Because managers allotted ‘Not Rated’ ranking to new members and saved the higher rankings for their veteran employees irrespective of their performance. Hence the new member in team might be de motivated. Some managers were reluctant in differentiating between their employees and allow any unfamiliar person to evaluate them. Because of this true performer might miss his/her rewards and incentives. Some managers rotated the highest ranking between their employees from one year to the next. So the objective of developing new evaluation system was unfulfilled.
The new performance management scored well in the survey which collected response from all the affected employees. Around 54% of the employees were happy with the new system whereas nearly a third (31%) preferred the old system. The employees who were happy with the new system might be high performers whereas the low or mid performers might have not been happy with the new system and were recommending old system. Managers were not happy with the rigid system because it added complexity in grading and might have been forced to give detailed explanation to offended employees. However there were few issues with the new system, which can be addressed with the measures listed below: Modification of the pay structure by incorporating performance benefits tied to the below: Organization Building: Employees need to contribute for the growth of the organization beyond their core responsibility.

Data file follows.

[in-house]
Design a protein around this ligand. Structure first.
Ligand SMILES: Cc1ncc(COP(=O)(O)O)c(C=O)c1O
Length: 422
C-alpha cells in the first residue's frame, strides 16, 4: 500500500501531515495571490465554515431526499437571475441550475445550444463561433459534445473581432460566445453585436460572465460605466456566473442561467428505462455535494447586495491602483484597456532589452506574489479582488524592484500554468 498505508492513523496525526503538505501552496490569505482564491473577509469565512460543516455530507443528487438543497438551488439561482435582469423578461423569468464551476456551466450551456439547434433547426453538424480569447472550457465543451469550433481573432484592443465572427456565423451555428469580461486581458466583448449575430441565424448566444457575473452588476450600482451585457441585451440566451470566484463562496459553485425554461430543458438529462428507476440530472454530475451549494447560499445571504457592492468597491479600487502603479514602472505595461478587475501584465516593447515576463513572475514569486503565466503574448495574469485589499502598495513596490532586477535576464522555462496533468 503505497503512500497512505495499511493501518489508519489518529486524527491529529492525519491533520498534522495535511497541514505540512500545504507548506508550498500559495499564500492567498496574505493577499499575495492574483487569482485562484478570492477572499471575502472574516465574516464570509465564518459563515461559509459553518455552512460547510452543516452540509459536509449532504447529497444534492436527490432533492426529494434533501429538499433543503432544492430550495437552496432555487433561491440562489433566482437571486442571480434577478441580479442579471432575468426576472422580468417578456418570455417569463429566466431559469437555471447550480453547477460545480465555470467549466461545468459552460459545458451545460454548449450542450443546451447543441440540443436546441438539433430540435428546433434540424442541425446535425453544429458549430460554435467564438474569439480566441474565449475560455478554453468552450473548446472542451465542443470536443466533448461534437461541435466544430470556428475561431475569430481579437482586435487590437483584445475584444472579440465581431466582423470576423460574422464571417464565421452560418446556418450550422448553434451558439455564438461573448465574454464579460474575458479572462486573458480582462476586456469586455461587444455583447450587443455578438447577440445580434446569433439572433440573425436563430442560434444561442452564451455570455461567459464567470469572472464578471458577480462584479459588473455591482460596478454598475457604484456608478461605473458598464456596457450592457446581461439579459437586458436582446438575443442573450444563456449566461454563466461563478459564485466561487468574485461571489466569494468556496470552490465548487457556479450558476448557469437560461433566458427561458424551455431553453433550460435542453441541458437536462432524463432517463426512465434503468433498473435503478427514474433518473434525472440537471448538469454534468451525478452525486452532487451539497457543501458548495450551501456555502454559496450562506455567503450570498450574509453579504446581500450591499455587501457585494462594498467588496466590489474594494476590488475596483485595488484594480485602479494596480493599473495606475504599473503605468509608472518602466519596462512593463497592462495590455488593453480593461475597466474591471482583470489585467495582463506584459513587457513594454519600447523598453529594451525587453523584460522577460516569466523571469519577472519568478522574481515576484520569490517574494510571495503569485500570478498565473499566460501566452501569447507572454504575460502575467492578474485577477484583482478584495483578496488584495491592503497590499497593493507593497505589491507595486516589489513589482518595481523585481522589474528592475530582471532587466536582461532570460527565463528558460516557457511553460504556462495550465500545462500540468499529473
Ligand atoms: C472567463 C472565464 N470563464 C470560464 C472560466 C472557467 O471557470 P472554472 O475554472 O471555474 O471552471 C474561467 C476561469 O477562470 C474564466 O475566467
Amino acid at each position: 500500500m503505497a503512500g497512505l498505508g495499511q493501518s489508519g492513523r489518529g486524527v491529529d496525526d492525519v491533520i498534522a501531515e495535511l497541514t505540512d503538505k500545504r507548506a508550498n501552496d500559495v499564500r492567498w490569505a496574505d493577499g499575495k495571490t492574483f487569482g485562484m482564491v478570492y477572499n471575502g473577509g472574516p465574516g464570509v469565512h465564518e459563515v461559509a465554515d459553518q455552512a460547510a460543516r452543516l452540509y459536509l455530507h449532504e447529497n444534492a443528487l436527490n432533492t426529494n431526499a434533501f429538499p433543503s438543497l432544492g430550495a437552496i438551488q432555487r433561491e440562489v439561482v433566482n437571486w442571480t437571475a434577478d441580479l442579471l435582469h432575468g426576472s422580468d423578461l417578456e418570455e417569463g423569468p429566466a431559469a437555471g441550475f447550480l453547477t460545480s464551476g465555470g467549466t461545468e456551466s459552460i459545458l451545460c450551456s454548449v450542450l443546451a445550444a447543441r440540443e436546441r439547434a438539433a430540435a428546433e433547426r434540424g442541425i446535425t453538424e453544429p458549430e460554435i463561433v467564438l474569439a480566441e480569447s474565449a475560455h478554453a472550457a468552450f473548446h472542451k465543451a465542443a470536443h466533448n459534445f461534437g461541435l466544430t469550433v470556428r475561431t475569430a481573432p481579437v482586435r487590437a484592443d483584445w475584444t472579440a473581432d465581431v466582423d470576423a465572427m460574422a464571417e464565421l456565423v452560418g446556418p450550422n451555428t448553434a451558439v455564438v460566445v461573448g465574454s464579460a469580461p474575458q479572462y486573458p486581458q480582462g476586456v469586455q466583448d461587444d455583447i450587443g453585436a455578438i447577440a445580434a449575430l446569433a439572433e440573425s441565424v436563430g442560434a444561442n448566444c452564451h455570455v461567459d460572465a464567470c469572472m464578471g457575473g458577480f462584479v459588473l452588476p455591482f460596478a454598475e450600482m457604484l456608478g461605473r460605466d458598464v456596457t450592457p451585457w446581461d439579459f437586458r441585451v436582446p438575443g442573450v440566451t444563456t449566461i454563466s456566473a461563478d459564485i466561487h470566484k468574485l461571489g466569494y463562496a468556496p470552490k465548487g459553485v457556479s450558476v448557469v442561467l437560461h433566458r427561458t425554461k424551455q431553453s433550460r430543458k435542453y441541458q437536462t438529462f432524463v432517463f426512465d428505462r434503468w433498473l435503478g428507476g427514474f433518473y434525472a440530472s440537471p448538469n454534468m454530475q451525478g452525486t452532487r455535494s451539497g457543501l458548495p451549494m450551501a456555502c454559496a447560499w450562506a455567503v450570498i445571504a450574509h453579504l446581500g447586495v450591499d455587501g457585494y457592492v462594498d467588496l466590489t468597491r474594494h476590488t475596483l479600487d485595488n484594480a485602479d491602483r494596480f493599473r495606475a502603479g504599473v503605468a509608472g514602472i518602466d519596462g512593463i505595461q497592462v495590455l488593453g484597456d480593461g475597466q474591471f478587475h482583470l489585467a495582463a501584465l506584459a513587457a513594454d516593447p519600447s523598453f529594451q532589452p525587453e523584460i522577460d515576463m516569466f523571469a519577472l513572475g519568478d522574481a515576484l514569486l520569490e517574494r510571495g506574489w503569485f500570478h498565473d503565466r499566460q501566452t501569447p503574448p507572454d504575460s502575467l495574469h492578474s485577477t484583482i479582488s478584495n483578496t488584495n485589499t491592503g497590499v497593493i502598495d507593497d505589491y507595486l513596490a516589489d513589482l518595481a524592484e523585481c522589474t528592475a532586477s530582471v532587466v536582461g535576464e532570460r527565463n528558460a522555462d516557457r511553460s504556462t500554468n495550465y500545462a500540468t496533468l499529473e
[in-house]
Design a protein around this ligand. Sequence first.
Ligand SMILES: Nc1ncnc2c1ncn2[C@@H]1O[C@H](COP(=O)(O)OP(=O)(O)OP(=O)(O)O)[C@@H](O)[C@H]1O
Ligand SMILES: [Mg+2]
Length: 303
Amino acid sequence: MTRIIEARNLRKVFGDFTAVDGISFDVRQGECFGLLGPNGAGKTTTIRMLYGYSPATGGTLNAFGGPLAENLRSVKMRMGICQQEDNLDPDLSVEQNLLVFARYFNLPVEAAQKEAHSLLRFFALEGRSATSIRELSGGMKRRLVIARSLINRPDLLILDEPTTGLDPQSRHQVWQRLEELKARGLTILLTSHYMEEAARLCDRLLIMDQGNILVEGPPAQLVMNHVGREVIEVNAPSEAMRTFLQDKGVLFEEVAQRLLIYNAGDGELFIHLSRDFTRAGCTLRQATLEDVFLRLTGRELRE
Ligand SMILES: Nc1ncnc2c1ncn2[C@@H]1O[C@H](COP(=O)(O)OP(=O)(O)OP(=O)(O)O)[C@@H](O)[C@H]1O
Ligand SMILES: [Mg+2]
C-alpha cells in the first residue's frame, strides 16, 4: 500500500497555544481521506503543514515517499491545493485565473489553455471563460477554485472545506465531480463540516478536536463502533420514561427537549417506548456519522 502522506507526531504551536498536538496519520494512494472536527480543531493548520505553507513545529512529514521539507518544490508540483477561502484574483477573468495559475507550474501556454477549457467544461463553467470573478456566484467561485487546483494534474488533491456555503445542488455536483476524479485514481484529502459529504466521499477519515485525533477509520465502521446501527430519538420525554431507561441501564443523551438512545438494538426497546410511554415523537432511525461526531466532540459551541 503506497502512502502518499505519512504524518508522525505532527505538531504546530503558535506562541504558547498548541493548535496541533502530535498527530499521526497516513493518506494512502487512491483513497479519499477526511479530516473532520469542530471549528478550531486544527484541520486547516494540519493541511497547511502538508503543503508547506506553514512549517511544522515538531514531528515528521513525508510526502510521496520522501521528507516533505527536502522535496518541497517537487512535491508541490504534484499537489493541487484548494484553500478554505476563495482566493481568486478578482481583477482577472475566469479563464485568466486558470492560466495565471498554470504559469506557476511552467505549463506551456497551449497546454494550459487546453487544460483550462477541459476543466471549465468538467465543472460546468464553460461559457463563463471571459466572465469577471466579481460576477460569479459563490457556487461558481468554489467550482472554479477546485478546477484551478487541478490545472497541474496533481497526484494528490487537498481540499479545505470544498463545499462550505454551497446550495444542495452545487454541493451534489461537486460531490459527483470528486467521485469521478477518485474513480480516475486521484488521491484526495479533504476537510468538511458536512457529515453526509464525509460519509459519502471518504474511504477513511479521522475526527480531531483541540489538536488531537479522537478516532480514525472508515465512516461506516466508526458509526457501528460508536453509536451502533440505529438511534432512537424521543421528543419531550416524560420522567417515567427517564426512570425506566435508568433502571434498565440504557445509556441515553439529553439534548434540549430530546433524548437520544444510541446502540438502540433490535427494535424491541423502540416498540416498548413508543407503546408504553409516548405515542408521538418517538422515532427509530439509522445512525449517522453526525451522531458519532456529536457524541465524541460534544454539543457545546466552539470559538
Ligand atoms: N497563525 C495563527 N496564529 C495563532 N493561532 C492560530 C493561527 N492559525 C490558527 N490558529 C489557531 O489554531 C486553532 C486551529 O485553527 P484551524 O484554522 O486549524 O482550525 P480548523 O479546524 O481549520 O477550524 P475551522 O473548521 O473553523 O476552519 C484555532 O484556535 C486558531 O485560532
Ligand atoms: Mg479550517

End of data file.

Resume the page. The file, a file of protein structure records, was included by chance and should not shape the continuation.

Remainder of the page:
This will help in organizational growth and trickle-down effect to the bottom of the organization. So their pay structure will also involve a component that corresponds whether the company as a whole is performing well or not. Team Building: The performance of the team or division will also impact the rewards being distributed. If a division does well, all its members get benefitted and vice versa Individual Efforts: Like before, individual component will also weigh for performance appraisal. This will have a different weight age for different job descriptions, as per the requirement. For example: A marketing employee will have a higher component of organization building than a R&D scientist who will have a higher individual component E.g. Say a R&D scientist has a base salary of ‘x’ and the weights allocated to organization building, team building and individual efforts as w1, w2 and w3 with per component increase of $p, $q and $r. Hence pay policy line= x+ (w1*p) + (w2*q) + (w3*r)